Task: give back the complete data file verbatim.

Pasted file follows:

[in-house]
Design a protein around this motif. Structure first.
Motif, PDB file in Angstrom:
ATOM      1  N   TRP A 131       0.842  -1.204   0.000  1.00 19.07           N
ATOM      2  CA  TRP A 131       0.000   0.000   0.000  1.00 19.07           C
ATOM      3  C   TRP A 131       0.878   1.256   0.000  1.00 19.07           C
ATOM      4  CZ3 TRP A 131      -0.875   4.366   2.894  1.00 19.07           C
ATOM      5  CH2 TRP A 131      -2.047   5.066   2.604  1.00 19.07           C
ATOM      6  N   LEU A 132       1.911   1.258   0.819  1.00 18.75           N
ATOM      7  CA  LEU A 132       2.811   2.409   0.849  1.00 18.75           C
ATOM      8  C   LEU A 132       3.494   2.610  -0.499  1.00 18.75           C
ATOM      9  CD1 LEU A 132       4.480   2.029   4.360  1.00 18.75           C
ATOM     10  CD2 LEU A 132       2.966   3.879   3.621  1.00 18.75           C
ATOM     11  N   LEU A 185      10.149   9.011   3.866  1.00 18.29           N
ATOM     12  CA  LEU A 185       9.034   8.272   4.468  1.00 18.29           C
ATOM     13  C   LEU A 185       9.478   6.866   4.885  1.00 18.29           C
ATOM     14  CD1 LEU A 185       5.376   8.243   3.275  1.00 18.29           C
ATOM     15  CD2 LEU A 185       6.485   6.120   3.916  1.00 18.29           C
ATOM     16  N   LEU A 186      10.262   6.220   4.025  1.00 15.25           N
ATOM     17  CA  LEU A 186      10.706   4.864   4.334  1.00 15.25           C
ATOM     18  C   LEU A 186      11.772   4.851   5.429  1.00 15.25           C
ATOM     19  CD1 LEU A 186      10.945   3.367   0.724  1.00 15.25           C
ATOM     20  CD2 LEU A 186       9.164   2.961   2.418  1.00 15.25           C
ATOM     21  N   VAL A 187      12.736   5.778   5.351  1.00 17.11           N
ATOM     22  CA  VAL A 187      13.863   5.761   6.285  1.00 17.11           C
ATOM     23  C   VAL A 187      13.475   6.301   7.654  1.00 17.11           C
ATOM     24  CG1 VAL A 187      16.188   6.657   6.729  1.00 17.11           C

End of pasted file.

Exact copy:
[in-house]
Design a protein around this motif. Structure first.
Motif, PDB file in Angstrom:
ATOM      1  N   TRP A 131       0.842  -1.204   0.000  1.00 19.07           N
ATOM      2  CA  TRP A 131       0.000   0.000   0.000  1.00 19.07           C
ATOM      3  C   TRP A 131       0.878   1.256   0.000  1.00 19.07           C
ATOM      4  CZ3 TRP A 131      -0.875   4.366   2.894  1.00 19.07           C
ATOM      5  CH2 TRP A 131      -2.047   5.066   2.604  1.00 19.07           C
ATOM      6  N   LEU A 132       1.911   1.258   0.819  1.00 18.75           N
ATOM      7  CA  LEU A 132       2.811   2.409   0.849  1.00 18.75           C
ATOM      8  C   LEU A 132       3.494   2.610  -0.499  1.00 18.75           C
ATOM      9  CD1 LEU A 132       4.480   2.029   4.360  1.00 18.75           C
ATOM     10  CD2 LEU A 132       2.966   3.879   3.621  1.00 18.75           C
ATOM     11  N   LEU A 185      10.149   9.011   3.866  1.00 18.29           N
ATOM     12  CA  LEU A 185       9.034   8.272   4.468  1.00 18.29           C
ATOM     13  C   LEU A 185       9.478   6.866   4.885  1.00 18.29           C
ATOM     14  CD1 LEU A 185       5.376   8.243   3.275  1.00 18.29           C
ATOM     15  CD2 LEU A 185       6.485   6.120   3.916  1.00 18.29           C
ATOM     16  N   LEU A 186      10.262   6.220   4.025  1.00 15.25           N
ATOM     17  CA  LEU A 186      10.706   4.864   4.334  1.00 15.25           C
ATOM     18  C   LEU A 186      11.772   4.851   5.429  1.00 15.25           C
ATOM     19  CD1 LEU A 186      10.945   3.367   0.724  1.00 15.25           C
ATOM     20  CD2 LEU A 186       9.164   2.961   2.418  1.00 15.25           C
ATOM     21  N   VAL A 187      12.736   5.778   5.351  1.00 17.11           N
ATOM     22  CA  VAL A 187      13.863   5.761   6.285  1.00 17.11           C
ATOM     23  C   VAL A 187      13.475   6.301   7.654  1.00 17.11           C
ATOM     24  CG1 VAL A 187      16.188   6.657   6.729  1.00 17.11           C